Nevermind all the rumors and speculations, it has been reported that G-Unit is a few steps away from entering an agreement with Def Jam. 50’s business partner, Sha Money XL has been appointed senior VP of A&R at Def Jam Records. Money XL is in the process of bringing G-Unit along with him. For the longest, we been hearing about Def Jam wanting to sign Lloyd Banks. A major announcement should be made soon.
Monthly Archives: April 2010
Sheila Johnson is using her riches from launching BET to raise awareness of the capital’s AIDS crisis with a new documentary. The billionaire talks to Lloyd Grove about the pandemic, why she’s “ashamed” of BET now, and how politics disillusioned her.
Black Entertainment Television, which Sheila Crump Johnson and her husband Bob started three decades ago with $15,000 in seed money and a $500,000 investment from media mogul John Malone, made her one of wealthiest women in America.
When Viacom bought them out in 2000, Sheila and Bob pocketed $1.3 billion—making them, pre-Oprah, the nation’s first African-American billionaires.
So today she must be extremely proud of her baby, right?
“Don’t even get me started,” says the 60-year-old Johnson, who has since divorced and remarried (charmingly enough, to the Virginia circuit court judge who presided over her divorce). “I don’t watch it. I suggest to my kids [a twentysomething daughter and a college-age son] that they don’t watch it… I’m ashamed of it, if you want to know the truth.”
“Society and government really believe [the AIDS] problem has gone away. People don’t know that this disease is still around.”
Johnson—who was at the Tribeca Film Festival this week for the premiere of The Other City, a searing, but ultimately hopeful documentary she produced about the AIDS epidemic in Washington, D.C.—says BET is making matters worse, and potentially contributing to the spread of AIDS, by promoting promiscuous, unprotected sex in raunchy late-night rap videos.
It wasn’t always that way. “When we started BET, it was going to be the Ebony magazine on television,” Johnson tells me. “We had public affairs programming. We had news… I had a show called Teen Summit, we had a large variety of programming, but the problem is that then the video revolution started up… And then something started happening, and I didn’t like it at all. And I remember during those days we would sit up and watch these videos and decide which ones were going on and which ones were not. We got a lot of backlash from recording artists…and we had to start showing them. I didn’t like the way women were being portrayed in these videos.”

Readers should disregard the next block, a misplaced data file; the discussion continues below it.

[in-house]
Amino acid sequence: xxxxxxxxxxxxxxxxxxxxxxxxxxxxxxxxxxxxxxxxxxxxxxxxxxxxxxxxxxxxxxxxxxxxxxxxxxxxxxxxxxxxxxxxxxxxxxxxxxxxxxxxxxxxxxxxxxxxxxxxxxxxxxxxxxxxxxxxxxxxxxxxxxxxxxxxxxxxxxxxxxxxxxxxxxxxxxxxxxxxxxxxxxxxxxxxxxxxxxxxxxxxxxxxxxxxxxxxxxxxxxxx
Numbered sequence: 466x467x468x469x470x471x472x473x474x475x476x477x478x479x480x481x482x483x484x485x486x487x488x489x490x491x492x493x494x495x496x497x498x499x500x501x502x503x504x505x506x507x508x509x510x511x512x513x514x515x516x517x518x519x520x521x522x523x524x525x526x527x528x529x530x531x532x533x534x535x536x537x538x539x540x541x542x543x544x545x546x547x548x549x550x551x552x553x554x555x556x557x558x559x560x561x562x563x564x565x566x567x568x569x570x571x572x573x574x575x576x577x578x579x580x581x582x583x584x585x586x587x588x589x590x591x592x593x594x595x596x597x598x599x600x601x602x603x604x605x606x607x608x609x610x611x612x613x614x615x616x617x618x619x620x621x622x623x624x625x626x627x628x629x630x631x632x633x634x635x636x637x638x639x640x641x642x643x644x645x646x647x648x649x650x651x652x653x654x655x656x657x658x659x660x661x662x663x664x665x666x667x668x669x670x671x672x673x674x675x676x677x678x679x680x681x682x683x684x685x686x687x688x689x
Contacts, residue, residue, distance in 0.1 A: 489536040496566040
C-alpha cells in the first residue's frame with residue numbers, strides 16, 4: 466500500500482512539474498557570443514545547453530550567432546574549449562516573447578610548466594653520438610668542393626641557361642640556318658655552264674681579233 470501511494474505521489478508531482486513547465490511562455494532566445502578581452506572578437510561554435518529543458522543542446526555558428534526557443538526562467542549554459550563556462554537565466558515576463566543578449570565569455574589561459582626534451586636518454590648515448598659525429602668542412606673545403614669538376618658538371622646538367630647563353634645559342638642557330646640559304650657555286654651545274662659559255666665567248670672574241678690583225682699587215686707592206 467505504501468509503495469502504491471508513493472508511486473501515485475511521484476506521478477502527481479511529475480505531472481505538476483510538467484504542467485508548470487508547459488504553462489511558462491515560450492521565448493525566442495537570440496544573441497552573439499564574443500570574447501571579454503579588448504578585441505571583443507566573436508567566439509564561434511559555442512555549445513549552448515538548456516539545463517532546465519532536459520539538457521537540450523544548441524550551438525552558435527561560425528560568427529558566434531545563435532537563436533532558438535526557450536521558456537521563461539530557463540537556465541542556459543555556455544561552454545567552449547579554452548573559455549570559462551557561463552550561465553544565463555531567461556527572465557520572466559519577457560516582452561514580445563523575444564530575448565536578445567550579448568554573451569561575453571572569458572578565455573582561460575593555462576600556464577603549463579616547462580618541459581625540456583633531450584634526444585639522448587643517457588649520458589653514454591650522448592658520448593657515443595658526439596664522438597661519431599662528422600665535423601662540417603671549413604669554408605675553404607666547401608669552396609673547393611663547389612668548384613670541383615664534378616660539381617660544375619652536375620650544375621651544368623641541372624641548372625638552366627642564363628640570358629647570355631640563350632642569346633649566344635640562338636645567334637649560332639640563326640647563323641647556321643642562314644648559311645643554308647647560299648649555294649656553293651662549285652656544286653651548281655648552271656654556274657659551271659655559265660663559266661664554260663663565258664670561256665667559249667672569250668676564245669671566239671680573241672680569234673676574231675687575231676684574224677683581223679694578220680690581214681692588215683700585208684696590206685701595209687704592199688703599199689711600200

Johnson says she no longer has any connection with BET. “I just really wish—and not just BET but a lot of television programming—that they would stop lowering the bar so far just so they can get eyeballs to the screen,” she says. “I know they think that’s what’s going to keep programming on the air; that’s what’s going to sell advertising. But there has got to be some responsibility. Somebody has got to take this over. Because with all the studies that are out there, this is contributing to an atmosphere of free sex, ‘I don’t have to protect myself anymore.’”
The film—financed largely by Johnson and directed by Susan Koch (who also directed Kicking It, a documentary about homeless soccer players, one of Johnson’s previous Tribeca entries)—starts with the shocking revelation that in the nation’s capital, at a time when most of us have been led to believe that AIDS has been contained, fully 3 percent of the population is HIV-positive.
“It is pandemic,” she tells me. “And now that the movie has come out we’re starting to hear from other cities that they’re having the same problems. Our goal is to take this movie across the country so that other cities start looking at themselves a little harder… Society and government really believe this problem has gone away. People don’t know that this disease is still around.”